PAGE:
Liberals’ vision for Canadian Forces unlikely to be swayed by public consultations
by John Ivison (feat. David Perry)
March 7, 2016
OTTAWA — Within days, Defence Minister Harjit Sajjan will launch public consultations on the new review that will mandate the future size of the Canadian Forces, what kind of equipment they will use and the theatres in which they will operate.
The goal is to have the feedback process wrapped up by June 30 and the whole defence review signed, sealed and delivered by the end of the year, just in time for the 2017 budget.
The degree of haste suggests there won’t be much weight placed in those consultations because the Liberals already have a pretty good idea what they want – as the election platform detailed, a “leaner, more agile” military that can defend Canada and North America; can provide support during natural disasters; can offer humanitarian support missions and peacekeeping operations; and (last and, apparently, least) has a degree of combat capability.
In tandem with the defence review, Sajjan’s department will issue a new statement of requirement for the CF-18 fighter jet replacement. Insiders suggest the campaign commitment not to buy Lockheed Martin’s F-35 remains written in stone, even if it’s not clear how you conduct an open and transparent tender process while barring one competitor.
There are two or three European fighter jet options available to the air force but government officials concede it will be problematic to buy a plane not operated by Canada’s NORAD ally, the U.S. So, it looks as if we will have a lengthy, expensive competition that will end up choosing Boeing’s Super Hornet.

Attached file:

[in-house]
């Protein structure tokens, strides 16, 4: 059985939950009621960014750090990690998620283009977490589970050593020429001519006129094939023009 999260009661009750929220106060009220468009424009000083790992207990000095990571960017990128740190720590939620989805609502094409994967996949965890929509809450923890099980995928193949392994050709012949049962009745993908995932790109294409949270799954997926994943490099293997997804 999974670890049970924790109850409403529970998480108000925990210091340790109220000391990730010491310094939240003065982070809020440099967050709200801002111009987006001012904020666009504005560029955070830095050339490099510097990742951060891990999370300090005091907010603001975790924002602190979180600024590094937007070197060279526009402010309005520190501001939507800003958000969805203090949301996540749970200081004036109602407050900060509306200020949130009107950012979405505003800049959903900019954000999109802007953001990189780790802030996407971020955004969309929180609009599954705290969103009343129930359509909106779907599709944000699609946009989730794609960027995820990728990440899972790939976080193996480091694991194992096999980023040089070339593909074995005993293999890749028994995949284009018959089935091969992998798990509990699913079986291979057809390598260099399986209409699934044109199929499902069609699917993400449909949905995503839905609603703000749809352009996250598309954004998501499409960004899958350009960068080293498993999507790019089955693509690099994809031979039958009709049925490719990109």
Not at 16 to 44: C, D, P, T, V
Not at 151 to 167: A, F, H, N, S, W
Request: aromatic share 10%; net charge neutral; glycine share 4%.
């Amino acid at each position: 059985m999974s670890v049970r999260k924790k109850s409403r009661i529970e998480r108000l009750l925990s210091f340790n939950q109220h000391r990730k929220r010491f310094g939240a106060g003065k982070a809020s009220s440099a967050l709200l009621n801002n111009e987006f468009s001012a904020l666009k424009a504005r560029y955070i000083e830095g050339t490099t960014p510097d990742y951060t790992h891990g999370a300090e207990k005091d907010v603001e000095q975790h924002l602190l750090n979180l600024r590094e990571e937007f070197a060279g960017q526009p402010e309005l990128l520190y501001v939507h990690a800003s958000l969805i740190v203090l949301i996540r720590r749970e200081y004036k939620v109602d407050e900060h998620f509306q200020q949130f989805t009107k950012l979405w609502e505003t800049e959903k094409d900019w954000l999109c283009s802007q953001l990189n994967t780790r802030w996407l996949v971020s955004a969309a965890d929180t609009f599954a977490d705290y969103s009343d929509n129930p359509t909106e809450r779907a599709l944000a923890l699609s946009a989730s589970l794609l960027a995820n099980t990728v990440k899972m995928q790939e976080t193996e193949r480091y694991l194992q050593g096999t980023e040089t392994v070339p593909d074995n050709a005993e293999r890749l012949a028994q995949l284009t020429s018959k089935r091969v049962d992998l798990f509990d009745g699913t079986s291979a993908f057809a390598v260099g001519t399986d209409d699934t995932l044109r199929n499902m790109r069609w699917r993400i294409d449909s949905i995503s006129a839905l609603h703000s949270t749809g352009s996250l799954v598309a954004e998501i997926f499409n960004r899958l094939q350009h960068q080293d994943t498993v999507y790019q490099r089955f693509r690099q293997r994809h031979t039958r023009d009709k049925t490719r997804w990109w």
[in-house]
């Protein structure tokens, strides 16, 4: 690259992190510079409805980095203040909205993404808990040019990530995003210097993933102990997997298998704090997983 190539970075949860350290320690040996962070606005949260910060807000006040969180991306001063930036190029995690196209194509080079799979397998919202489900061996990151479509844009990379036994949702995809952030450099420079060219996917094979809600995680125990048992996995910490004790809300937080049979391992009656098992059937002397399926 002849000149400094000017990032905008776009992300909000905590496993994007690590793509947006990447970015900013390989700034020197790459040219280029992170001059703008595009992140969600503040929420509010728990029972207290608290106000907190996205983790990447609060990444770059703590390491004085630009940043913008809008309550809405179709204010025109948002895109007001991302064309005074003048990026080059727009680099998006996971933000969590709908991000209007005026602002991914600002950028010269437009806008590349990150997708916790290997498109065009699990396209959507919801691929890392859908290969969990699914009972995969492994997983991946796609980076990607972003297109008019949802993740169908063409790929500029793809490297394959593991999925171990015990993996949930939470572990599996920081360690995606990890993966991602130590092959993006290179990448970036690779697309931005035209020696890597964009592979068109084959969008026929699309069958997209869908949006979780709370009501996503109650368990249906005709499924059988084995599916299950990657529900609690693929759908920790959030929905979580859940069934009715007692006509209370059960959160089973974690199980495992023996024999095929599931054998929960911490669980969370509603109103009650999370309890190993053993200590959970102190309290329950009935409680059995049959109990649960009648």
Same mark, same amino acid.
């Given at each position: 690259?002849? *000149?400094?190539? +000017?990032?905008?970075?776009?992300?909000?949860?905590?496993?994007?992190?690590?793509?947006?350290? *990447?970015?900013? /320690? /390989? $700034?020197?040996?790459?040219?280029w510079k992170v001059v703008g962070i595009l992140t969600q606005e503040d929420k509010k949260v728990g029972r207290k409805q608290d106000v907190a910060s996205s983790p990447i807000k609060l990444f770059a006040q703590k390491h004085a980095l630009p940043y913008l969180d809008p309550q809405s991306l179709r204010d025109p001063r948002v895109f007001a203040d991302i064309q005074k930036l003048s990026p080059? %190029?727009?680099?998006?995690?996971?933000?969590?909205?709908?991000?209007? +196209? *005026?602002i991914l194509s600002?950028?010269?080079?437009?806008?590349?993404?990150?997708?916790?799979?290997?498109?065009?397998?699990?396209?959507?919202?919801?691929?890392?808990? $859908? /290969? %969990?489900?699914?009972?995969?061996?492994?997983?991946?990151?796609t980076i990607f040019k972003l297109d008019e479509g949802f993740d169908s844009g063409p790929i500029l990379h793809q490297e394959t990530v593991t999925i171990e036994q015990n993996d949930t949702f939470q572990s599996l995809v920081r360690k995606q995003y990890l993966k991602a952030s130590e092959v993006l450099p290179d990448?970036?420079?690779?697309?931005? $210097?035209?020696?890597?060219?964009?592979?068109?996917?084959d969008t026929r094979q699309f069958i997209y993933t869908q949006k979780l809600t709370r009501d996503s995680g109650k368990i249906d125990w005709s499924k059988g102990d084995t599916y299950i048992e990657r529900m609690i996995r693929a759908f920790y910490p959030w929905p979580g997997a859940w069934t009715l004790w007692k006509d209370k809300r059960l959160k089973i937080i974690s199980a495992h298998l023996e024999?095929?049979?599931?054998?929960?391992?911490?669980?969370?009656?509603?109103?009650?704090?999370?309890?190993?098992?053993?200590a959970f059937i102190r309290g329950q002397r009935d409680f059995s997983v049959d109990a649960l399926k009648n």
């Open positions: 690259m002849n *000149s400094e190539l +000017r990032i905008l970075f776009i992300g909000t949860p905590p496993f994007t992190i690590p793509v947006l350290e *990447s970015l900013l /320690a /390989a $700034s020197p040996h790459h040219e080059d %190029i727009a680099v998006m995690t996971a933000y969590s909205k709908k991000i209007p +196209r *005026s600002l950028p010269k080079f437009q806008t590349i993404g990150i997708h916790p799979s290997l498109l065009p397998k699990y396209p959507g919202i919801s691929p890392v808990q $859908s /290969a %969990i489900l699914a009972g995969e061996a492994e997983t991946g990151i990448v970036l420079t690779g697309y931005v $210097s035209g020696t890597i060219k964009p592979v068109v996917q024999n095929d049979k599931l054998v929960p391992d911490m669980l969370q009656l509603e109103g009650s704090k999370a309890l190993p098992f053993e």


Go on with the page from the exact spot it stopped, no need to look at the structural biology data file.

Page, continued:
In their campaign platform, the Liberals said they would buy a cheaper option than the F-35 and re-direct the savings to the navy, since there is not enough money left in the capital spending pot to fund all the ships on order under the Canadian Surface Combatant program.
But the only way significant savings are likely to manifest themselves is if the Forces buy a far smaller fleet than the 65 jets planned in the original F-35 contract.
That might be exactly what the Liberals envisage.
The party’s election platform suggested Canada will no longer participate in the kind of air-to-ground campaigns we witnessed in Iraq. If we are no longer in the business of sending our jets overseas, and their sole focus is on continental defence, we can afford a far smaller fleet.
The platform also committed to implement the recommendations of the 2011 Report on Transformation, a controversial effort led by none other than the current Liberal whip, and former lieutenant-general, Andrew Leslie.
While the platform is explicit in endorsing Leslie’s roadmap to a more “modern, efficient and effective military” – less tail, more teeth – mention of the report was conspicuous by its absence in Sajjan’s mandate letter.
Leslie appears to have known that his recommendations to reduce headquarters overheads, including the $2.7 billion spent annually on consultants and contractors, would face resistance. “Very few of the recommendations to get where we think we have to go will be easy, popular or risk free,” he wrote.
He concluded with a quote from Machiavelli: “The innovators have for enemies all those who have done well under the old conditions.”
But he did not perhaps anticipate the virulence with which the advocates for the status quo would fight back against his call to fundamentally restructure the Canadian Forces.
It seems the uniforms, whose livelihoods may have been impacted by the recommendation the Forces adopt a single, streamlined command structure, are still fighting.
People familiar with the current review say that many of Leslie’s suggestions for addressing the bloating bureaucracy (the tail grew by 40 per cent from 2004 to 2010; operational or deployable jobs by 10 per cent) are not likely to see the light of day.
Yet “leaner and more agile” – even smaller – may not necessarily be a bad thing. Rick Hillier, the former chief of the defence staff, has advocated reducing the size of the military as the only way to ensure it remains strong and stable. He has said the number of full-time members could fall to about 50,000 from the current 66,000.
An internal Department of National Defence review conducted by the Conservative government also recommended cutting one infantry company from each of Canada’s nine battalions.
The Conservatives failed to act on that recommendation, having criticized the Liberals for ushering in a military “decade of darkness” under Jean Chrétien.